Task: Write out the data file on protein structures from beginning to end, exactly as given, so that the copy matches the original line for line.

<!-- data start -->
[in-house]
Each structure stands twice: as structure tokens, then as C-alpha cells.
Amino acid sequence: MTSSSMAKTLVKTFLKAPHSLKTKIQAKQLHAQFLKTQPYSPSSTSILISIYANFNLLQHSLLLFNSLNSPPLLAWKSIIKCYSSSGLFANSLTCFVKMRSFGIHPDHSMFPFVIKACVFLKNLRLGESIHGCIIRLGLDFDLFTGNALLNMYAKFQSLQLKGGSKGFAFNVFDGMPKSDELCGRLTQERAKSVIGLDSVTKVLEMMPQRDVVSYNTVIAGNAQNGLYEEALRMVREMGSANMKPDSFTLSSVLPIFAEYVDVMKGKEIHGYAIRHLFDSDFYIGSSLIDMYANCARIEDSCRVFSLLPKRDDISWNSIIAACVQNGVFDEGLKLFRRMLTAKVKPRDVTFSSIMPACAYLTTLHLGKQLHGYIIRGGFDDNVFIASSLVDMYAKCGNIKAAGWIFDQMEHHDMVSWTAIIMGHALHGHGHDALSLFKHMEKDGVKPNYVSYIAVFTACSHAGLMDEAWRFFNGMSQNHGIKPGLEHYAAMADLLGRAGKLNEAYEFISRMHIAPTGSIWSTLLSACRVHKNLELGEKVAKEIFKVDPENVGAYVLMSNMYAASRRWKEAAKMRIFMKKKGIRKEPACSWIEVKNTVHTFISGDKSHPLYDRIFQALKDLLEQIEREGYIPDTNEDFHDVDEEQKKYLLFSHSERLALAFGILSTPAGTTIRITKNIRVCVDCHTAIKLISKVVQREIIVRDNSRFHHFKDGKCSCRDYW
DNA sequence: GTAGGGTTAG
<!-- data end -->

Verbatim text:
[in-house]
Each structure stands twice: as structure tokens, then as C-alpha cells.
Amino acid sequence: MTSSSMAKTLVKTFLKAPHSLKTKIQAKQLHAQFLKTQPYSPSSTSILISIYANFNLLQHSLLLFNSLNSPPLLAWKSIIKCYSSSGLFANSLTCFVKMRSFGIHPDHSMFPFVIKACVFLKNLRLGESIHGCIIRLGLDFDLFTGNALLNMYAKFQSLQLKGGSKGFAFNVFDGMPKSDELCGRLTQERAKSVIGLDSVTKVLEMMPQRDVVSYNTVIAGNAQNGLYEEALRMVREMGSANMKPDSFTLSSVLPIFAEYVDVMKGKEIHGYAIRHLFDSDFYIGSSLIDMYANCARIEDSCRVFSLLPKRDDISWNSIIAACVQNGVFDEGLKLFRRMLTAKVKPRDVTFSSIMPACAYLTTLHLGKQLHGYIIRGGFDDNVFIASSLVDMYAKCGNIKAAGWIFDQMEHHDMVSWTAIIMGHALHGHGHDALSLFKHMEKDGVKPNYVSYIAVFTACSHAGLMDEAWRFFNGMSQNHGIKPGLEHYAAMADLLGRAGKLNEAYEFISRMHIAPTGSIWSTLLSACRVHKNLELGEKVAKEIFKVDPENVGAYVLMSNMYAASRRWKEAAKMRIFMKKKGIRKEPACSWIEVKNTVHTFISGDKSHPLYDRIFQALKDLLEQIEREGYIPDTNEDFHDVDEEQKKYLLFSHSERLALAFGILSTPAGTTIRITKNIRVCVDCHTAIKLISKVVQREIIVRDNSRFHHFKDGKCSCRDYW
DNA sequence: GTAGGGTTAG